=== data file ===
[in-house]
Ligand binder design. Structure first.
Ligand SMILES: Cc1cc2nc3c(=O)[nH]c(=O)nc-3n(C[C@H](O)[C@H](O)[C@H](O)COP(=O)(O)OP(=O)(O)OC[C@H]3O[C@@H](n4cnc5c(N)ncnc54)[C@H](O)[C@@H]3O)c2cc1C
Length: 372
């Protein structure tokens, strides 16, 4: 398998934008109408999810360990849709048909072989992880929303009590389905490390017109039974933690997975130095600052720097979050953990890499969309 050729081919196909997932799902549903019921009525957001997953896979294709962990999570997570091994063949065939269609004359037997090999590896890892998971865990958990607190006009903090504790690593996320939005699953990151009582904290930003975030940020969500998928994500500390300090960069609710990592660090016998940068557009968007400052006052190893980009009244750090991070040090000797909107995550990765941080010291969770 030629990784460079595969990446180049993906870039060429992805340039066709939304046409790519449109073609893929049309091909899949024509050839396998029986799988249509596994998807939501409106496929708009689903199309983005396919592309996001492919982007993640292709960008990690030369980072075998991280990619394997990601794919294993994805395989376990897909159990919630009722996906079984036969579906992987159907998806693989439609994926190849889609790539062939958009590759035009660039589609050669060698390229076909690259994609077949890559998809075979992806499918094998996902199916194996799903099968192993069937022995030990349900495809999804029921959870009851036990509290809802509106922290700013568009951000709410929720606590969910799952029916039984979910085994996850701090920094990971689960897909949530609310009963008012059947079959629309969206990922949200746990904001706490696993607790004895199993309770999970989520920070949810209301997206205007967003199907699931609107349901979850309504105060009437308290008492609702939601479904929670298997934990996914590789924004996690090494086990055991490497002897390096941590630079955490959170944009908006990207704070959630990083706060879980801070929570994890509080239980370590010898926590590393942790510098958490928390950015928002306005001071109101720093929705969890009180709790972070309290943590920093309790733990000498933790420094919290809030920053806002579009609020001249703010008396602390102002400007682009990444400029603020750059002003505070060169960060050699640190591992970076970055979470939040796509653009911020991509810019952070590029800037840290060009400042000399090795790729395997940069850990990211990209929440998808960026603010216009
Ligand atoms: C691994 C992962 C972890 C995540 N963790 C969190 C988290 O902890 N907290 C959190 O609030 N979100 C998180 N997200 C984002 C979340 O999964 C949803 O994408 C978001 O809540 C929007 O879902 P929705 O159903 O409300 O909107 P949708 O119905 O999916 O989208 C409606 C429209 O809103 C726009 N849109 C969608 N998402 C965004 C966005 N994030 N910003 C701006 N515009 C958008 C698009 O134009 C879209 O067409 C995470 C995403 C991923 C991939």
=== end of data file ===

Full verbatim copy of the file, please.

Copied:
[in-house]
Ligand binder design. Structure first.
Ligand SMILES: Cc1cc2nc3c(=O)[nH]c(=O)nc-3n(C[C@H](O)[C@H](O)[C@H](O)COP(=O)(O)OP(=O)(O)OC[C@H]3O[C@@H](n4cnc5c(N)ncnc54)[C@H](O)[C@@H]3O)c2cc1C
Length: 372
């Protein structure tokens, strides 16, 4: 398998934008109408999810360990849709048909072989992880929303009590389905490390017109039974933690997975130095600052720097979050953990890499969309 050729081919196909997932799902549903019921009525957001997953896979294709962990999570997570091994063949065939269609004359037997090999590896890892998971865990958990607190006009903090504790690593996320939005699953990151009582904290930003975030940020969500998928994500500390300090960069609710990592660090016998940068557009968007400052006052190893980009009244750090991070040090000797909107995550990765941080010291969770 030629990784460079595969990446180049993906870039060429992805340039066709939304046409790519449109073609893929049309091909899949024509050839396998029986799988249509596994998807939501409106496929708009689903199309983005396919592309996001492919982007993640292709960008990690030369980072075998991280990619394997990601794919294993994805395989376990897909159990919630009722996906079984036969579906992987159907998806693989439609994926190849889609790539062939958009590759035009660039589609050669060698390229076909690259994609077949890559998809075979992806499918094998996902199916194996799903099968192993069937022995030990349900495809999804029921959870009851036990509290809802509106922290700013568009951000709410929720606590969910799952029916039984979910085994996850701090920094990971689960897909949530609310009963008012059947079959629309969206990922949200746990904001706490696993607790004895199993309770999970989520920070949810209301997206205007967003199907699931609107349901979850309504105060009437308290008492609702939601479904929670298997934990996914590789924004996690090494086990055991490497002897390096941590630079955490959170944009908006990207704070959630990083706060879980801070929570994890509080239980370590010898926590590393942790510098958490928390950015928002306005001071109101720093929705969890009180709790972070309290943590920093309790733990000498933790420094919290809030920053806002579009609020001249703010008396602390102002400007682009990444400029603020750059002003505070060169960060050699640190591992970076970055979470939040796509653009911020991509810019952070590029800037840290060009400042000399090795790729395997940069850990990211990209929440998808960026603010216009
Ligand atoms: C691994 C992962 C972890 C995540 N963790 C969190 C988290 O902890 N907290 C959190 O609030 N979100 C998180 N997200 C984002 C979340 O999964 C949803 O994408 C978001 O809540 C929007 O879902 P929705 O159903 O409300 O909107 P949708 O119905 O999916 O989208 C409606 C429209 O809103 C726009 N849109 C969608 N998402 C965004 C966005 N994030 N910003 C701006 N515009 C958008 C698009 O134009 C879209 O067409 C995470 C995403 C991923 C991939």